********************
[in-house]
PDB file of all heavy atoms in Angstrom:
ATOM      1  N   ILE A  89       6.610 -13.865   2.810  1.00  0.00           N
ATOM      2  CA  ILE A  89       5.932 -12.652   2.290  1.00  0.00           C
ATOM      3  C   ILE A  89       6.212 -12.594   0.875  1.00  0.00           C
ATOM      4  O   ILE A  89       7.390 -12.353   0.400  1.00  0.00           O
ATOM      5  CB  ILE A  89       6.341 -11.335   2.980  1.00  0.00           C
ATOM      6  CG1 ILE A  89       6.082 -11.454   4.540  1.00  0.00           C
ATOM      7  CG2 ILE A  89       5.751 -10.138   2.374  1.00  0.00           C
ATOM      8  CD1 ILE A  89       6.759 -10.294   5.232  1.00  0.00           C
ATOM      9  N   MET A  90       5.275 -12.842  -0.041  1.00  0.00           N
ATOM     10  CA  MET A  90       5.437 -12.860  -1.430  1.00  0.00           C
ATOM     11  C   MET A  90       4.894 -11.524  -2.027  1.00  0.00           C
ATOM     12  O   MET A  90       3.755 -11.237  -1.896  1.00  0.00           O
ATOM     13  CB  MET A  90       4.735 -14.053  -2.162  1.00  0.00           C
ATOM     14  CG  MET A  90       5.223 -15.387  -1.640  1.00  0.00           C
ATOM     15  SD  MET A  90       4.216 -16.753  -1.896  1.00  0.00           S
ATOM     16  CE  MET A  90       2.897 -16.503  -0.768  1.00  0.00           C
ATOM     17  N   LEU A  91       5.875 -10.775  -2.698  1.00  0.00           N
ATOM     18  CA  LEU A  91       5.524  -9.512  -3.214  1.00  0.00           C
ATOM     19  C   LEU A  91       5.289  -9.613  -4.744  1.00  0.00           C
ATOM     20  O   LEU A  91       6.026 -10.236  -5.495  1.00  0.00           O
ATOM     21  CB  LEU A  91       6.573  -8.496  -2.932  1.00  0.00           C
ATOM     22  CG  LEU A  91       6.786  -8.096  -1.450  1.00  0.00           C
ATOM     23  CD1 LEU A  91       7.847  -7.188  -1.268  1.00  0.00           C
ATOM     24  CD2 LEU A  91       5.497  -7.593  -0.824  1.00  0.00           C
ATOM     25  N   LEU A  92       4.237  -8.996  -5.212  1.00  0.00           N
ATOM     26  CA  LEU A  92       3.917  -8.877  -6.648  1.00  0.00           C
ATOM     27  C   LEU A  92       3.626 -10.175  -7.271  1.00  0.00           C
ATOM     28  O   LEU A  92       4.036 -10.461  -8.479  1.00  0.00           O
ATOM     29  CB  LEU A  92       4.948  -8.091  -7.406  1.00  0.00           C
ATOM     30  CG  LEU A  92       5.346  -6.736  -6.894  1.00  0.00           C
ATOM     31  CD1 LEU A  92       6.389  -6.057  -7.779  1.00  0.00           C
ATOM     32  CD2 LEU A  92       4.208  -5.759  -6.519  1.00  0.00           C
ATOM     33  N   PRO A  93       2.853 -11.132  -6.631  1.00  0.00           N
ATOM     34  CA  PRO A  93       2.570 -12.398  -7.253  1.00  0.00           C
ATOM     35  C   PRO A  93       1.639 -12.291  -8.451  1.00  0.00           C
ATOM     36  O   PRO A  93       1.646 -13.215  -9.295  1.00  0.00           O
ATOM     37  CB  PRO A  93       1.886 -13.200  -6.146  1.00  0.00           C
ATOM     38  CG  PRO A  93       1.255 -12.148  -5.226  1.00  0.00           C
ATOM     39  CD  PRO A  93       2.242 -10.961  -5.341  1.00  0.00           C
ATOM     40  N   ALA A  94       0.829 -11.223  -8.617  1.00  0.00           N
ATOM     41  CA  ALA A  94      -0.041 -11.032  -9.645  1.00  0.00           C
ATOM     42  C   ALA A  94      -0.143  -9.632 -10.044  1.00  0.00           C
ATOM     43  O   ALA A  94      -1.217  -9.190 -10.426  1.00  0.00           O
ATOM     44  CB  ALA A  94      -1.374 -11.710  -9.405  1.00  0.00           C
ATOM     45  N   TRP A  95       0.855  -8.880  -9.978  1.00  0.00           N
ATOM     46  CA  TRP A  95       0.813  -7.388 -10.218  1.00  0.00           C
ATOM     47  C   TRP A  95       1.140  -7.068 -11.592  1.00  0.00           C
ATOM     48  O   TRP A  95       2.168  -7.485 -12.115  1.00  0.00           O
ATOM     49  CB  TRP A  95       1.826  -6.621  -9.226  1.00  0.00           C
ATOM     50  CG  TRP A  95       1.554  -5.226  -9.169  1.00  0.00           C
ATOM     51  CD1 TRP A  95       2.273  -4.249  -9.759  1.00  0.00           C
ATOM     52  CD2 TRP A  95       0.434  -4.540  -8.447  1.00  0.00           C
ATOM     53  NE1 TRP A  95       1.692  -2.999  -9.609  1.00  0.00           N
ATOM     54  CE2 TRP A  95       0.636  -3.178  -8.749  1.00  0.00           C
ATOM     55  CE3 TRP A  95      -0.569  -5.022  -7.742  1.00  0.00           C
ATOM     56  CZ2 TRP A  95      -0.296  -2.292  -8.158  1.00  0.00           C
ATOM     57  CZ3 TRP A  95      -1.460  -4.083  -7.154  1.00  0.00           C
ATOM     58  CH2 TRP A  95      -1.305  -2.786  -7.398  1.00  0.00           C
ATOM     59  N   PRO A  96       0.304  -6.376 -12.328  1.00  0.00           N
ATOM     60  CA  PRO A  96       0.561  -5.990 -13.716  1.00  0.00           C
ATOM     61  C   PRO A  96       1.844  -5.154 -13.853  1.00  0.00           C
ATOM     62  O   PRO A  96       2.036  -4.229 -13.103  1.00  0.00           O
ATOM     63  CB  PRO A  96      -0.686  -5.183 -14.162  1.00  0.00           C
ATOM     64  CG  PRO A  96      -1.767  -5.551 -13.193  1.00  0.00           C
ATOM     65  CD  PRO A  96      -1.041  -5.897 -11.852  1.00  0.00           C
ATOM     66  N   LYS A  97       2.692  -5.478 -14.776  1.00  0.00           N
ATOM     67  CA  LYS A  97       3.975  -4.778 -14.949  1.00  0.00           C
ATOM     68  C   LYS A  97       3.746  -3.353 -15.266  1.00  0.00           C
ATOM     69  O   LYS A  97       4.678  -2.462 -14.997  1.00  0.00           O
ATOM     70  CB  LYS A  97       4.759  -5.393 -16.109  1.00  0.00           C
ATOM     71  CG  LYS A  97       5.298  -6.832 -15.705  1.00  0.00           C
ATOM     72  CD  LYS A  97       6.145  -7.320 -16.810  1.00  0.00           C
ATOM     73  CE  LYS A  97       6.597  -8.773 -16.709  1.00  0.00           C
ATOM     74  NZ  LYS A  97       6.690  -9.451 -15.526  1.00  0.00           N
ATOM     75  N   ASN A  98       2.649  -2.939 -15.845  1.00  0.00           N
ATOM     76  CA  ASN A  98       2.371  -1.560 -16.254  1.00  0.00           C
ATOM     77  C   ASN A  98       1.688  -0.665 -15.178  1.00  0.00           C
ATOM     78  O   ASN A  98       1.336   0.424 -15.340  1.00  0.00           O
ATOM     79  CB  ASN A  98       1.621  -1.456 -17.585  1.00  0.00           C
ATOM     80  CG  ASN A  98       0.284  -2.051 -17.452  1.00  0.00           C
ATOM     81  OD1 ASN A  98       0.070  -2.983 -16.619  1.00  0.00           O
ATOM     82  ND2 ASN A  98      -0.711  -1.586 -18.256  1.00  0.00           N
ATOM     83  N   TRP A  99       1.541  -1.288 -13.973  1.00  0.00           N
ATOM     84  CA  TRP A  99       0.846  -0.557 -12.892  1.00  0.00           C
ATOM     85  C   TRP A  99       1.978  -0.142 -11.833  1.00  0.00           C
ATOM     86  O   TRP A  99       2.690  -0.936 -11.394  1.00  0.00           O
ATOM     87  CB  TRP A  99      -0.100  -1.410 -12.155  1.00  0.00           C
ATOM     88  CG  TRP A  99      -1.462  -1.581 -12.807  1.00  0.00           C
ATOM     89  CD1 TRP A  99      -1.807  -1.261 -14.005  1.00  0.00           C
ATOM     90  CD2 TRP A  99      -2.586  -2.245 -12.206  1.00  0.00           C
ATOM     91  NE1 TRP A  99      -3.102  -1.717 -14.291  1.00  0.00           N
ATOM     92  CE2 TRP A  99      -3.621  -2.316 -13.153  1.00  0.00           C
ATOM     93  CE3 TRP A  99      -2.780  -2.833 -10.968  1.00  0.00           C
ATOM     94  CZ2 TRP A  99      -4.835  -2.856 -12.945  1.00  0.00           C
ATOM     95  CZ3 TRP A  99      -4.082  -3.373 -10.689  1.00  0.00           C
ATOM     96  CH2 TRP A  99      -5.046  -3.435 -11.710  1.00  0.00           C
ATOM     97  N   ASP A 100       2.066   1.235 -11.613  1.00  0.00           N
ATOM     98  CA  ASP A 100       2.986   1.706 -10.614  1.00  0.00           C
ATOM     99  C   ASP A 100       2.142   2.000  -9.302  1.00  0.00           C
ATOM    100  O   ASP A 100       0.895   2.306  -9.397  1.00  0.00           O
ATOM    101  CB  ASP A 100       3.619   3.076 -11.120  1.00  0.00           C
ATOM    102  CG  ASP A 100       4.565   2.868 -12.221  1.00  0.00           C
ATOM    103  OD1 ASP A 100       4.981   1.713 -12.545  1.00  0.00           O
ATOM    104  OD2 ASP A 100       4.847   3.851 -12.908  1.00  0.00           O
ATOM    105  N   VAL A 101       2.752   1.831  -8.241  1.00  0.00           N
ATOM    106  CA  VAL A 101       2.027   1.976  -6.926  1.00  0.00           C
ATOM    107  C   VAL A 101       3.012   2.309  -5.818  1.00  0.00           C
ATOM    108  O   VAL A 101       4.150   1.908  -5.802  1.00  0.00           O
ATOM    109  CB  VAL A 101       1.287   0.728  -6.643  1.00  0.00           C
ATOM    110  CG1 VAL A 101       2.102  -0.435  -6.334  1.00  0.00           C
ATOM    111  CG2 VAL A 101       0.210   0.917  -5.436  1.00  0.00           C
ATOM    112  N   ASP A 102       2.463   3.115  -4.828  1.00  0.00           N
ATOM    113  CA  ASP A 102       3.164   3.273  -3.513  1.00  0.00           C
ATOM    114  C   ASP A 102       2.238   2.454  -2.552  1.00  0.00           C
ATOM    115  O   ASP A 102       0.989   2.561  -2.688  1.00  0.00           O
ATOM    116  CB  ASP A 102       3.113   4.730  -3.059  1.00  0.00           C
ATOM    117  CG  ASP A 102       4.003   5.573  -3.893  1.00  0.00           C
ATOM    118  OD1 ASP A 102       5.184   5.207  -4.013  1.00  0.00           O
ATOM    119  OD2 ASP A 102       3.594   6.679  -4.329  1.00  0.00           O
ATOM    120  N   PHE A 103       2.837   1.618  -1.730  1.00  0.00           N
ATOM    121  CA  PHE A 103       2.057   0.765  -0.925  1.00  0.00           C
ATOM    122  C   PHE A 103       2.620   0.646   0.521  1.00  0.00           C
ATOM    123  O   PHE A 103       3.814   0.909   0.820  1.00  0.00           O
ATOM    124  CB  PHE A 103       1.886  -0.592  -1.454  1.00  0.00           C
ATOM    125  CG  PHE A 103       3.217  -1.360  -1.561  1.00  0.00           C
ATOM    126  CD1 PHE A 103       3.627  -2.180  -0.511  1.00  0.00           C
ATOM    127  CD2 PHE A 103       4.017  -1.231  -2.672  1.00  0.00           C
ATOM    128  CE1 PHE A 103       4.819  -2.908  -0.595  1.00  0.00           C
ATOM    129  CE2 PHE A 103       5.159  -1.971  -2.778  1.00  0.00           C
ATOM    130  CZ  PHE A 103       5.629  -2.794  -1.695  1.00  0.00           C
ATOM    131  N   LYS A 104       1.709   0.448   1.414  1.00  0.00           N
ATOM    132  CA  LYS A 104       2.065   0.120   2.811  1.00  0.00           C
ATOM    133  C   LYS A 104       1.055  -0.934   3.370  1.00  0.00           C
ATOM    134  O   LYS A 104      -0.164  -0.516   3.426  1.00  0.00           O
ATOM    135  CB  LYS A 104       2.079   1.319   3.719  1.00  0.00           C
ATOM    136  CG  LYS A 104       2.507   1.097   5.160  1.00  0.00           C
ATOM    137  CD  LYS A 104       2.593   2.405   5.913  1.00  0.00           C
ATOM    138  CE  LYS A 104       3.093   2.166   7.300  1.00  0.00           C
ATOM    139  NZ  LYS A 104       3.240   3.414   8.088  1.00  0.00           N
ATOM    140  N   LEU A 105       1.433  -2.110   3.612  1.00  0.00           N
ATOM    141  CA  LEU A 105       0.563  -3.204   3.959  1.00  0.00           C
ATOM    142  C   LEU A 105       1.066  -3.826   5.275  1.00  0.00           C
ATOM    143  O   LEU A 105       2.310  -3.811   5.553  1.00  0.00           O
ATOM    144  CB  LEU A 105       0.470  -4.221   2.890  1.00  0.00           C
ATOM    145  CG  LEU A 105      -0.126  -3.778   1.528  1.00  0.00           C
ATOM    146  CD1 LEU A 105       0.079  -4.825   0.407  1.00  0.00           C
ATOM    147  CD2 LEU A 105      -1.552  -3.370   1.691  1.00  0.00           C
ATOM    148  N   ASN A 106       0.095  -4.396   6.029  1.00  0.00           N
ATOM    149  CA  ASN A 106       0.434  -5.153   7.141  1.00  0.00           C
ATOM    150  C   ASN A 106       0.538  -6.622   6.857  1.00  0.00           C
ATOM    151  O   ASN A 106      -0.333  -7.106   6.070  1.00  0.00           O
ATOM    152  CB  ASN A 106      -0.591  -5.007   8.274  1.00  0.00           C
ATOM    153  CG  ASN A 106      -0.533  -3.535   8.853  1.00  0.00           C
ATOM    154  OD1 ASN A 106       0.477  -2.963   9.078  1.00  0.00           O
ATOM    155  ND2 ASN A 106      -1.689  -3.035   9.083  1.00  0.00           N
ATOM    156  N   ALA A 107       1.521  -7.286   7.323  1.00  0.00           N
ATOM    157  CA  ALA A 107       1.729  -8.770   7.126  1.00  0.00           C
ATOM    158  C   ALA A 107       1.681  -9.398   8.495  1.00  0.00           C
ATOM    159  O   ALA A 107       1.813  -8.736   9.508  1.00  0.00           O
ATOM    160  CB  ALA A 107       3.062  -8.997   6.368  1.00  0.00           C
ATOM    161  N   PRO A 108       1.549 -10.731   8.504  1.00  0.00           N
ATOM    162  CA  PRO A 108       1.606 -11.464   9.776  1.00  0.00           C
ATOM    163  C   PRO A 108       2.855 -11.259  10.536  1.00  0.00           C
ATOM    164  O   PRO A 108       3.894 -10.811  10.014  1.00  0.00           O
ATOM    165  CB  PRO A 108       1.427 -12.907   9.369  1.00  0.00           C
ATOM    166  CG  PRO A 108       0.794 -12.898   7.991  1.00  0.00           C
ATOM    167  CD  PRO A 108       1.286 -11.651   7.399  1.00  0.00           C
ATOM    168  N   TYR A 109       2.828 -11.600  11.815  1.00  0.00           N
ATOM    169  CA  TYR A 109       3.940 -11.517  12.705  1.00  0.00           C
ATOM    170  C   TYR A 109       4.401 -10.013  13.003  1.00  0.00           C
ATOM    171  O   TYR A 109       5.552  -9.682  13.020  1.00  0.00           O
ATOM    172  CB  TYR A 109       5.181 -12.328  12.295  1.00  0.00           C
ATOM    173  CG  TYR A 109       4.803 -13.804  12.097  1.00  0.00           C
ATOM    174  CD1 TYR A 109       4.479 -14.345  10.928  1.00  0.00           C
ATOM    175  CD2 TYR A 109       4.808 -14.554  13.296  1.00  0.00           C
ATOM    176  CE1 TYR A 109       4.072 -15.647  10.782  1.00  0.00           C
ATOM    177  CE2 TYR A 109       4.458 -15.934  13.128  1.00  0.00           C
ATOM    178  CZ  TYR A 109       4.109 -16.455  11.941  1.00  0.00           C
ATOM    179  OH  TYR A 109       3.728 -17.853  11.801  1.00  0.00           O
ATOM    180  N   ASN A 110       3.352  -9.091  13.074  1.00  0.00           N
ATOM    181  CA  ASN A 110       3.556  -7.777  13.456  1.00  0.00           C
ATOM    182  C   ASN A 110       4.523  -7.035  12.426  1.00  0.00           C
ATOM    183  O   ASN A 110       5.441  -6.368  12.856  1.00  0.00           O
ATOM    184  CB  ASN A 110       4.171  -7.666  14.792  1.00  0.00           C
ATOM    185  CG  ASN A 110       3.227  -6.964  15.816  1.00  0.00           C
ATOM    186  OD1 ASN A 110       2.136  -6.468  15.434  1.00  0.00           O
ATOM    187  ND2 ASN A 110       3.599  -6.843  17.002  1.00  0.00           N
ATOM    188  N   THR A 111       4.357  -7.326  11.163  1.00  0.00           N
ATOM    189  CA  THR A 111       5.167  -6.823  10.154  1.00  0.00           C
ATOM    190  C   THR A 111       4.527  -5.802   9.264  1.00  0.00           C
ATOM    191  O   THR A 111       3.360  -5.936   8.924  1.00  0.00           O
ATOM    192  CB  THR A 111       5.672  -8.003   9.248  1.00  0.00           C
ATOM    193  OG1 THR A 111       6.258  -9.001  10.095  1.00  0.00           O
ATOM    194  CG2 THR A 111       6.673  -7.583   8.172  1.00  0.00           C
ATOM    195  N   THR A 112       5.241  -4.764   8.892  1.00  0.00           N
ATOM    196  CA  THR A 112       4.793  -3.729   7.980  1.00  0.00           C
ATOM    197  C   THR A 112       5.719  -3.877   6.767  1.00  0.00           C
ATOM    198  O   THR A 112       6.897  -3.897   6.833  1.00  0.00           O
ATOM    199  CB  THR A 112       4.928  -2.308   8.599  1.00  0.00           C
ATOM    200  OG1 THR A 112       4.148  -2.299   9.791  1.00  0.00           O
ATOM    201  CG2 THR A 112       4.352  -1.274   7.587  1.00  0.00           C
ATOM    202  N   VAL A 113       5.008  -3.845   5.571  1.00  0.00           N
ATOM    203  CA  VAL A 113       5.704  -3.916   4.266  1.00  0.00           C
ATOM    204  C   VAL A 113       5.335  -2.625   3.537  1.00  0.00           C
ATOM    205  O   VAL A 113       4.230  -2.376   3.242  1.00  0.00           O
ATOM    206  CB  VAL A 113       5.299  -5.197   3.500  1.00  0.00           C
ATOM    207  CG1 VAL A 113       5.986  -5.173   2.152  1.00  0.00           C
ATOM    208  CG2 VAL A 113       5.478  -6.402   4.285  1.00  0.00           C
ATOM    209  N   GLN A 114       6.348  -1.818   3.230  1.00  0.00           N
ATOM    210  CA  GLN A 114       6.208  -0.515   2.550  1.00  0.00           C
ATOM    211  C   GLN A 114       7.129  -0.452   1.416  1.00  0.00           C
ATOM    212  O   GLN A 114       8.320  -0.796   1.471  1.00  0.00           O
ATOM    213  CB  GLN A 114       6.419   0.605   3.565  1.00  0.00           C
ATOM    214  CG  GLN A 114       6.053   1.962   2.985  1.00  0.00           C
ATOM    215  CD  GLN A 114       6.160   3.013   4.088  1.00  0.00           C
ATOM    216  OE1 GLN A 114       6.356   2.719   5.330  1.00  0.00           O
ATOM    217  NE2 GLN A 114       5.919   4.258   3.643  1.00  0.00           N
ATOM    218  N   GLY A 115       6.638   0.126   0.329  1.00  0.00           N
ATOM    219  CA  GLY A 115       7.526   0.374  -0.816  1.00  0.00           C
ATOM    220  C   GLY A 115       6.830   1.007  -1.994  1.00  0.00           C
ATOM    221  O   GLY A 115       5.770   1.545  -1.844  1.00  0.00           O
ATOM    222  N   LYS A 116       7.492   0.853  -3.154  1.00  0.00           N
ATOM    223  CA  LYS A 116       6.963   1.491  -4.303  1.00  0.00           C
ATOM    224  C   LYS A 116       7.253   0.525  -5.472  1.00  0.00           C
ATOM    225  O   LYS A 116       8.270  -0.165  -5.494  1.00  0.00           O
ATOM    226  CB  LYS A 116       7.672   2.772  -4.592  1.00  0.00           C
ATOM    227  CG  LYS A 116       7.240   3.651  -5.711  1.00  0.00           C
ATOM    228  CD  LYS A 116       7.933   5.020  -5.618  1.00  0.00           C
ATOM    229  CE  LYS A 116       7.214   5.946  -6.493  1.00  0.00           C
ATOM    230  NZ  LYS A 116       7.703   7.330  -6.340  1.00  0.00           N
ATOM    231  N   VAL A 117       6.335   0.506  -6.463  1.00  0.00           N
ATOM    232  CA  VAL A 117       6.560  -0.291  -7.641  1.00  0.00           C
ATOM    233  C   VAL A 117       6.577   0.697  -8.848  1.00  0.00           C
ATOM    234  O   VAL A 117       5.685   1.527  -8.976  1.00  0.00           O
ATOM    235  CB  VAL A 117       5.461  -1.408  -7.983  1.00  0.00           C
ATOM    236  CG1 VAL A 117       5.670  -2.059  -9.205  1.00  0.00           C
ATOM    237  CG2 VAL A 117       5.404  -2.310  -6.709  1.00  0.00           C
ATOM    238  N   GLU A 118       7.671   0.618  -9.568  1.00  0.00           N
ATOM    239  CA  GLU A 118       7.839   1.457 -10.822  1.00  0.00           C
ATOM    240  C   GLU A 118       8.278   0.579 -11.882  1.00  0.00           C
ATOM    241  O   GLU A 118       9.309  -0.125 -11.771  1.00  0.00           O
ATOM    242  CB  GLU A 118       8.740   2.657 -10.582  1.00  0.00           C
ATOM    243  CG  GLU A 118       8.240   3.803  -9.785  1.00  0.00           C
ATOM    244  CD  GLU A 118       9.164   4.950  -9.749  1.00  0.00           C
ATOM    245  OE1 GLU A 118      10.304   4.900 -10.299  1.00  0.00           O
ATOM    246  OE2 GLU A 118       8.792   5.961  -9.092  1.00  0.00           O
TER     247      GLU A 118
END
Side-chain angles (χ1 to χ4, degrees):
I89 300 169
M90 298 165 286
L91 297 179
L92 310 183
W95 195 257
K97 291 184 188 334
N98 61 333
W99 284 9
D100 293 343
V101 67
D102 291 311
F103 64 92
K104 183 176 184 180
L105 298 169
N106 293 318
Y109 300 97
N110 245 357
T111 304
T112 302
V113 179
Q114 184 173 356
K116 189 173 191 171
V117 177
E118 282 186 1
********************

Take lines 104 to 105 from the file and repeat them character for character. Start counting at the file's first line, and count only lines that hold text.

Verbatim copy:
ATOM    102  CG  ASP A 100       4.565   2.868 -12.221  1.00  0.00           C
ATOM    103  OD1 ASP A 100       4.981   1.713 -12.545  1.00  0.00           O